Maira Bello
Written By
Maira Bello
Developer @ VTEX

Maira is a software engineer at VTEX, currently working with GraphQL every day. She loves web development and learning new technologies that make it even more enjoyable.

Getting Started

Defining the application’s GraphQL API

You’ll start by defining the GraphQL schema for your application. We’ll also refer to this as your application schema. Schemas are written in the GraphQL Schema Definition Language (SDL).

If you want to learn more about the GraphQL schema and its role in GraphQL servers, make sure to check out this excellent blog post which provides a comprehensive overview of everything you need to know regarding GraphQL schemas!

API requirements

Here you’re going to build the backend for a Hackernews clone, so let’s think about the requirements your API should provide:

  • Retrieve a list (feed) of link elements
  • Allow users to signup up with their name, email and password
  • Users who signed up should be able to login again with their email and password
  • Allow authenticated users to post new link elements
  • Allow authenticated users to upvote an existing link element
  • Send realtime updates to subscribed clients when a new link element is created
  • Send realtime updates to subscribed clients when an existing link element is upvoted

Bonus: There’s a super useful GraphQL Cheat Sheet for building schemas. Check it out!

Defining the application schema

It’s now the responsility of the application schema to define an API that allows for client applications to perform the operations defined above. So, you need to translate the requirements into corresponding GraphQL queries, mutations and subscriptions.

As you learned in the Core Concepts chapter, you can do so by writing the Query, Mutation and Subscription types (which are also called root types) in your schema.

Here is an application schema that caters the requirements defined above. For now, we don’t care where the User, Link and Vote types are coming from and how exactly they’re defined.

type Query {
  # Retrieve a list ("feed") of link elements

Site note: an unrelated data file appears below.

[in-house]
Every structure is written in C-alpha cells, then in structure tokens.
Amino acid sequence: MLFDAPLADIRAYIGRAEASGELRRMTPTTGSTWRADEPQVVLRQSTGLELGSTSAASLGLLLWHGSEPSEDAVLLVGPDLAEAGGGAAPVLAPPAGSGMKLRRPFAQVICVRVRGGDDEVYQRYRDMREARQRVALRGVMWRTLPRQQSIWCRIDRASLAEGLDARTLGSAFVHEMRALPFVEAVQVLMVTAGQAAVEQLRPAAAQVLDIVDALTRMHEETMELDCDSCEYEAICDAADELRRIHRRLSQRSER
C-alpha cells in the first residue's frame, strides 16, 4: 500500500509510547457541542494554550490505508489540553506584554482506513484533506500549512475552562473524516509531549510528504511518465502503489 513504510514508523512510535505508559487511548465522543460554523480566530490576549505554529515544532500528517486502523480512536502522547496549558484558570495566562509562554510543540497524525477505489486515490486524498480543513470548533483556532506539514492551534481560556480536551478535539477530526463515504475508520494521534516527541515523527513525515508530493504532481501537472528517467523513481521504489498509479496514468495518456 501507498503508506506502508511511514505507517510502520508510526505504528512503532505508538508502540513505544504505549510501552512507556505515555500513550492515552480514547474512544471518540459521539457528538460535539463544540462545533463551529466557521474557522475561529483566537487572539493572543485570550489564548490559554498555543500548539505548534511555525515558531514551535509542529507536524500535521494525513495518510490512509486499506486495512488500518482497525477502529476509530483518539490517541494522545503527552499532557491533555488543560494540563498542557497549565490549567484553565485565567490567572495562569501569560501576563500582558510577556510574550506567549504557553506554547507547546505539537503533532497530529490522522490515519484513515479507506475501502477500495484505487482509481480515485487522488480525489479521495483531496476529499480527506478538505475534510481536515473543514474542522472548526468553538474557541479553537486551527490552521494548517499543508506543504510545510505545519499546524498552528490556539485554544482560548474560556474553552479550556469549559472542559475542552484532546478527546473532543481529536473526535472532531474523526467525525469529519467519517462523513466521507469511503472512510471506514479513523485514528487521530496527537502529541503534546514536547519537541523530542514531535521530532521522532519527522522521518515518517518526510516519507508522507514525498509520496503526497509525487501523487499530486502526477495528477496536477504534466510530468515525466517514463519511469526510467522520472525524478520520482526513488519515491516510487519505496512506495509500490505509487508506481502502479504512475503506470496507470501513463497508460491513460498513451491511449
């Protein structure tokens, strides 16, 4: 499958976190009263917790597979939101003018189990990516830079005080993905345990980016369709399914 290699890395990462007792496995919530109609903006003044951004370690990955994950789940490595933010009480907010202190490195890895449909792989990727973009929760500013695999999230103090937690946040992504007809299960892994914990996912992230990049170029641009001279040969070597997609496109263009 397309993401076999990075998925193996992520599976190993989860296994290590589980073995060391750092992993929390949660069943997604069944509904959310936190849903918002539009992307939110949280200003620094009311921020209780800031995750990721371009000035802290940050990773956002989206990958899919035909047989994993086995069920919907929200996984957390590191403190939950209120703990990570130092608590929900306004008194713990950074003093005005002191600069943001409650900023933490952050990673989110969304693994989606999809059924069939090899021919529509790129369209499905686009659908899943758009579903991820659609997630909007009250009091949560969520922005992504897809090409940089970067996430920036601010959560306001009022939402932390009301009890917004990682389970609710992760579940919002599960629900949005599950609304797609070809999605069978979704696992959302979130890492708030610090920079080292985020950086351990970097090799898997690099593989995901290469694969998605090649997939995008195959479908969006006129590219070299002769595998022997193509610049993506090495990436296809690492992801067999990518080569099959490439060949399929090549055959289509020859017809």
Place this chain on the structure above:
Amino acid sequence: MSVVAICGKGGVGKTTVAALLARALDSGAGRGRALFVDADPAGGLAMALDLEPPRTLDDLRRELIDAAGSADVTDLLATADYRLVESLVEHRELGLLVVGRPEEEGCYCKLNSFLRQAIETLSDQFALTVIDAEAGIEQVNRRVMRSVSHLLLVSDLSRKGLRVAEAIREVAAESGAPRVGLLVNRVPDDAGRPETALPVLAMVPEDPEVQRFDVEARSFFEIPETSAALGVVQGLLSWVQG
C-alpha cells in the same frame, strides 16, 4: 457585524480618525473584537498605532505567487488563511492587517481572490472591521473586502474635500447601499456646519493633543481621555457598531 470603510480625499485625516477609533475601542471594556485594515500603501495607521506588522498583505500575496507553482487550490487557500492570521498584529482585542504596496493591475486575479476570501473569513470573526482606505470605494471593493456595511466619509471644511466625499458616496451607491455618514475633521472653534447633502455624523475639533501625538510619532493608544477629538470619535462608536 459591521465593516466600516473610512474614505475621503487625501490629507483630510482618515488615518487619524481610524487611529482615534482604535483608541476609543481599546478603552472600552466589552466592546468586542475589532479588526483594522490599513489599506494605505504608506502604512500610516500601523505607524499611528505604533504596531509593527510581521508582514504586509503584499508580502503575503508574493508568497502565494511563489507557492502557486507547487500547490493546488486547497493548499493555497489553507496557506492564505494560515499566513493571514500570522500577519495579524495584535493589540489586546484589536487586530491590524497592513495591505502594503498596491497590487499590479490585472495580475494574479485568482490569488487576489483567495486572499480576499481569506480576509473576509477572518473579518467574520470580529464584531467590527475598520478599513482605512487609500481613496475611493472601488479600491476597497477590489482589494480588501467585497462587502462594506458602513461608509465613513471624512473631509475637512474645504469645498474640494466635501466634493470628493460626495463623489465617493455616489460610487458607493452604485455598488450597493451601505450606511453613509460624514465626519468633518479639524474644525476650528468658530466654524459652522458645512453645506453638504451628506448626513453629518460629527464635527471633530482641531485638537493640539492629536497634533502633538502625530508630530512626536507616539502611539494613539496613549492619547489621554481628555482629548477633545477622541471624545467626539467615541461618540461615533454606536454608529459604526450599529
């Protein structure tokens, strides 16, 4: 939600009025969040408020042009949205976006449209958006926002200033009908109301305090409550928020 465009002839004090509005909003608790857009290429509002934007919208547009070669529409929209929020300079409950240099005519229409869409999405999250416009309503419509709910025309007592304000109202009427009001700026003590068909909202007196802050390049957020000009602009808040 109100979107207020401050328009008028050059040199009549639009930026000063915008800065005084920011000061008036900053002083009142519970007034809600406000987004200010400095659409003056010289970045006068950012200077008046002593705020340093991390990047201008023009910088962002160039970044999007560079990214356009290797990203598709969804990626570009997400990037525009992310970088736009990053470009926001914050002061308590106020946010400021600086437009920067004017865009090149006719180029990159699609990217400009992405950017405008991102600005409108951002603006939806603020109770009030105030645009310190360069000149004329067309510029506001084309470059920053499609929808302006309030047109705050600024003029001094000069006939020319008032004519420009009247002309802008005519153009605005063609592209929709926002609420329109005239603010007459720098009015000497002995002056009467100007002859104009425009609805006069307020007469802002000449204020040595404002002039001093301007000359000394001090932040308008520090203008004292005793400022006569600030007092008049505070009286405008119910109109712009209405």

feed(filter: String, skip: Int, first: Int): [Link!]!
}

type Mutation {
  # Allow users to signup up with their name, email and password
  signup(name: String!, email: String!, password: String!): AuthPayload!
  # Users who signed up should be able to login again with their email and password
  login(email: String!, password: String!): AuthPayload!
  # Allow authenticated users to post new link elements
  post(url: String!, description: String!): Link
  # Allow authenticated users to upvote an existing link element
  vote(linkId: ID!): Vote
}

type Subscription {
  # Send realtime updates to subscribed clients when a new link element is created
  newLink: LinkSubscriptionPayload
  # Send realtime updates to subscribed clients when an existing link element is upvoted
  newVote: VoteSubscriptionPayload
}

type AuthPayload {
  token: String
  user: User
}

Great! So this is the final application schema you want to have implemented in the end. Notice that the feed query allows to send filter and pagination (skip and first) arguments to constrain the list of link elements to be returned by the server.

In the following, you’ll gradually implement the defined queries, mutations and subscriptions one by one. The implementation process will look somewhat similar every time - this is also referred to as schema-driven development:

  1. Adjust the data model of your Prisma database service
  2. Deploy the Prisma database service to apply your changes
  3. Extend your application schema with a new root field